Gilda’s LaughFest continues through Sunday with several headlining shows

Mary Mattingly

Now in it’s third year, Gilda’s LaughFest brings more than just headlining names — such as Wayne Brady and Joel McHale – it provides laughs to thousands of comedy fans while raising money to give back to the Grand Rapids community.

“We celebrate laughter for the health of it,” said Wendy Wigger, vice president of Program Development and Community Relations.

While the 10-day festival is ending March 17, there is still time to check it out several headlining acts or local talents, including Brian Regan and Bill Burr.

LaughFest is put on in part with the Gilda’s Club Grand Rapids, a free cancer support community, with proceeds benefiting cancer, grief and emotional health programs. As of 2012, Laughfest had raised $541,000. “It’s a festival that’s good for you and for a good cause,” Wigger said.

Gilda’s Club aims to support people through all journeys of grief, not just cancer. The club, named for Saturday Night Live alumni and late comedian Gilda Radner, strongly believes laughter is the best medicine.

“When (Radner) was diagnosed with ovarian cancer, she lost her funny,” Wigger said. “You can live with cancer, no matter the outcome. (Radner) was able to give herself permission to laugh again.”
Since it began in 2011, LaughFest has continued to gain a following. Crowds for the past two years have averaged around 55,000 attendees per year. This year, attendance has been no different, with many shows, such as comedian Lewis Black’s upcoming March 14 performance at the DeVos Performance Hall, already selling out.

“We like to joke that we went international our very first year,” Wigger said. “We had people buy tickets from 25 states and Canada. We are expecting a similar turnout this year.”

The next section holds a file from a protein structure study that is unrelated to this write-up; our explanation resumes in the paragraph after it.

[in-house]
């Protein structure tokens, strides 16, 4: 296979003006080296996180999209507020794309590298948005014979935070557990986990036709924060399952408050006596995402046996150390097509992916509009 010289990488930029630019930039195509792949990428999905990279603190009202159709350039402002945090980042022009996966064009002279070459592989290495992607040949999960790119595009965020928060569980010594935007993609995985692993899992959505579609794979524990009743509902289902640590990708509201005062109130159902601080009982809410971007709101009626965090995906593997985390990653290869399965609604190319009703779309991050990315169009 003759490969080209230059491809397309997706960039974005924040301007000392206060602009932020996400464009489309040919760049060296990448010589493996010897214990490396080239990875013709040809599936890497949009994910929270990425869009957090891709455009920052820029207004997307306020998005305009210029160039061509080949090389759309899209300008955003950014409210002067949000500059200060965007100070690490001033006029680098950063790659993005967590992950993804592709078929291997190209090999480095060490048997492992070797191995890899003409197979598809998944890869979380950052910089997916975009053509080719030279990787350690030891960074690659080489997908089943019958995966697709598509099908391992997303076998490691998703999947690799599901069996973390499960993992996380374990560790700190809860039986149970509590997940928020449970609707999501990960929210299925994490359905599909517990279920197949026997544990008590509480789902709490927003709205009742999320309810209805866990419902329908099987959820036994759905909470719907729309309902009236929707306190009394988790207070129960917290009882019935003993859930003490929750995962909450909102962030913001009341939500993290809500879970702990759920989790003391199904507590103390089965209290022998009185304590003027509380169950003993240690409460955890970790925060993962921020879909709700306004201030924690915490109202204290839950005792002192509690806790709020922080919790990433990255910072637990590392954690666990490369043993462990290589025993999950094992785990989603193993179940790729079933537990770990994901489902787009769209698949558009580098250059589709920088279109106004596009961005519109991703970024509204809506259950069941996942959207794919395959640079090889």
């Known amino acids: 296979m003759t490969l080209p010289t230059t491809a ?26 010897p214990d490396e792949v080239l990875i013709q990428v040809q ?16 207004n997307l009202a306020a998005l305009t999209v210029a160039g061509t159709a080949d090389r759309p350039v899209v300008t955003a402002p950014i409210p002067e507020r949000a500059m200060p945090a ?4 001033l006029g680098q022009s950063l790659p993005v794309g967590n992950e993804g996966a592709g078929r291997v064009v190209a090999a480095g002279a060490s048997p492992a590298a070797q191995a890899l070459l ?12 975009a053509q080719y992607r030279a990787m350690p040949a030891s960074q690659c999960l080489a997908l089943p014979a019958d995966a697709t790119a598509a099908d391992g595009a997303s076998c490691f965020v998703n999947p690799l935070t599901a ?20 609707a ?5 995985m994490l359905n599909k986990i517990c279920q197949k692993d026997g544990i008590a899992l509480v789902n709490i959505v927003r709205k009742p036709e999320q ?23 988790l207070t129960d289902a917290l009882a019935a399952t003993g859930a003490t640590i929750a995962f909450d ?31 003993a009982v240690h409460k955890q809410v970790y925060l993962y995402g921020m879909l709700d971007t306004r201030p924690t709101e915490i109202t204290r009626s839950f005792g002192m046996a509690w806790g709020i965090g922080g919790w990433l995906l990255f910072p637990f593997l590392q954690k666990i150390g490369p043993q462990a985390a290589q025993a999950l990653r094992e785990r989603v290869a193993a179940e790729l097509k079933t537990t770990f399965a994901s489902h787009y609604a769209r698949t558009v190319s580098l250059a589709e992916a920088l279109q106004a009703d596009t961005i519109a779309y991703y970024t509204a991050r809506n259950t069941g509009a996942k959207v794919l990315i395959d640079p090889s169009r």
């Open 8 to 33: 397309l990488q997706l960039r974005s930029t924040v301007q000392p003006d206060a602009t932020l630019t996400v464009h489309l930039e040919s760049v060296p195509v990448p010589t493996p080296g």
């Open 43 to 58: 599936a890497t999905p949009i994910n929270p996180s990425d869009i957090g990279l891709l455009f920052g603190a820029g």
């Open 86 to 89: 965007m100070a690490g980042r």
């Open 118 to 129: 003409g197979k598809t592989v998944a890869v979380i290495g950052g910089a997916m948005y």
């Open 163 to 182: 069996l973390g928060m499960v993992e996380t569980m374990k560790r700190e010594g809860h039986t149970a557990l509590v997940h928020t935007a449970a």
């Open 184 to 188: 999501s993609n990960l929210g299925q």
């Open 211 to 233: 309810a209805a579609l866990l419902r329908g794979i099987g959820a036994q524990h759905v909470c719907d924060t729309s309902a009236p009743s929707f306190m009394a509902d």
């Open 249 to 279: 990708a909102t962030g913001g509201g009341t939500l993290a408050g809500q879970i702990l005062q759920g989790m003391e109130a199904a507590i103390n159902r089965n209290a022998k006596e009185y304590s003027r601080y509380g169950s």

A festival this size is no easy undertaking. The Grand Rapids community has been heavily involved with getting the festival off the ground, taking in volunteers, local business sponsors and partnering with college groups, such as Spotlight Productions from Grand Valley State University.

“The reality is, we started planning this year’s festival before the end of last year’s festival,” Wigger said.

While there is a core team of 6-10 individuals, the festival benefits greatly from the hard work of hundreds of volunteers. Local restaurants, such as the B.O.B., McFadden’s and Hopcat, have been instrumental in the festival’s success by hosting comedy acts.

“We enjoy hosting (LaughFest events),” said Erin Lindsay, sales manager and events coordinator for McFadden’s Restaurant and Saloon. “The festival is clearly passionate about community and being involved.”

McFadden’s has been a venue for the festival since the beginning. On any normal day, after 9 p.m., the restaurant is 21 years old and up, but during LaughFest the restaurant is 18 and up. As a host, McFadden’s donates the space to the festival and sells $5 promotional buttons, with cash donations going back to Gilda’s Club.

“We’d love to continue to work with Laughfest,” Lindsay said. “It seems to get bigger and better each year. We love to be a part of that.”

LaughFest 2013 has featured a wide range of acts, from “People and Pets,” where people were invited to bring their pets to the Grand Rapids Community College Ford Fieldhouse, to films and group shows. This year, there were almost 300 events available for people to attend, both ticketed and free.

“There are a good 800 artists and/or performers, ranging from amateurs to nationally known performers,” Wigger said. “We have been purposeful in making sure the festival remains current and appeals to a diverse audience. The festival showcases all types of laughter.”

Nerdist Podcast Live! rated by Rolling Stone as one of the top ten comedy podcasts, will be at the Fountain Street Church on March 15. It will be co-hosted by Chris Hardwick, Jonah Ray and Matt Mira, with a content rating of “Rated R… Really.” Or for clean adult laughs, comedian Gary Valentine will be performing at the Lowell Performing Arts Center on March 17.

“We get feedback from the audience, it allows us to tweak events,” Wigger said. “We can’t make everyone’s wishes come true, but we take all feedback into consideration.”

Tickets for all shows are available through and at the Van Andel Arena and DeVos Place box offices.
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